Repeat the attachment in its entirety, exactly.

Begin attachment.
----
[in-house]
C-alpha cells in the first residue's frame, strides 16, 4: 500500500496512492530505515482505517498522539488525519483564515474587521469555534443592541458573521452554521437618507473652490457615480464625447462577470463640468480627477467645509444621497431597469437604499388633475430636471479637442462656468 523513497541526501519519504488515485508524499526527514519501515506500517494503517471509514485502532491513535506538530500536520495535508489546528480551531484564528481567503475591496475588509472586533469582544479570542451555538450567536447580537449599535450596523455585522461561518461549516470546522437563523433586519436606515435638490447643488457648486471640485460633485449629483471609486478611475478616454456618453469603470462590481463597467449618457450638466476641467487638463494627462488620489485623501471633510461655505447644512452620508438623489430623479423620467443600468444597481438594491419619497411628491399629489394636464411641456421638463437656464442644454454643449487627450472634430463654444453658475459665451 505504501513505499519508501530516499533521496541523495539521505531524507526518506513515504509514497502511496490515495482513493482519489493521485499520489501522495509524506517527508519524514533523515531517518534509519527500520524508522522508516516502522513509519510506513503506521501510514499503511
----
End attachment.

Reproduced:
[in-house]
C-alpha cells in the first residue's frame, strides 16, 4: 500500500496512492530505515482505517498522539488525519483564515474587521469555534443592541458573521452554521437618507473652490457615480464625447462577470463640468480627477467645509444621497431597469437604499388633475430636471479637442462656468 523513497541526501519519504488515485508524499526527514519501515506500517494503517471509514485502532491513535506538530500536520495535508489546528480551531484564528481567503475591496475588509472586533469582544479570542451555538450567536447580537449599535450596523455585522461561518461549516470546522437563523433586519436606515435638490447643488457648486471640485460633485449629483471609486478611475478616454456618453469603470462590481463597467449618457450638466476641467487638463494627462488620489485623501471633510461655505447644512452620508438623489430623479423620467443600468444597481438594491419619497411628491399629489394636464411641456421638463437656464442644454454643449487627450472634430463654444453658475459665451 505504501513505499519508501530516499533521496541523495539521505531524507526518506513515504509514497502511496490515495482513493482519489493521485499520489501522495509524506517527508519524514533523515531517518534509519527500520524508522522508516516502522513509519510506513503506521501510514499503511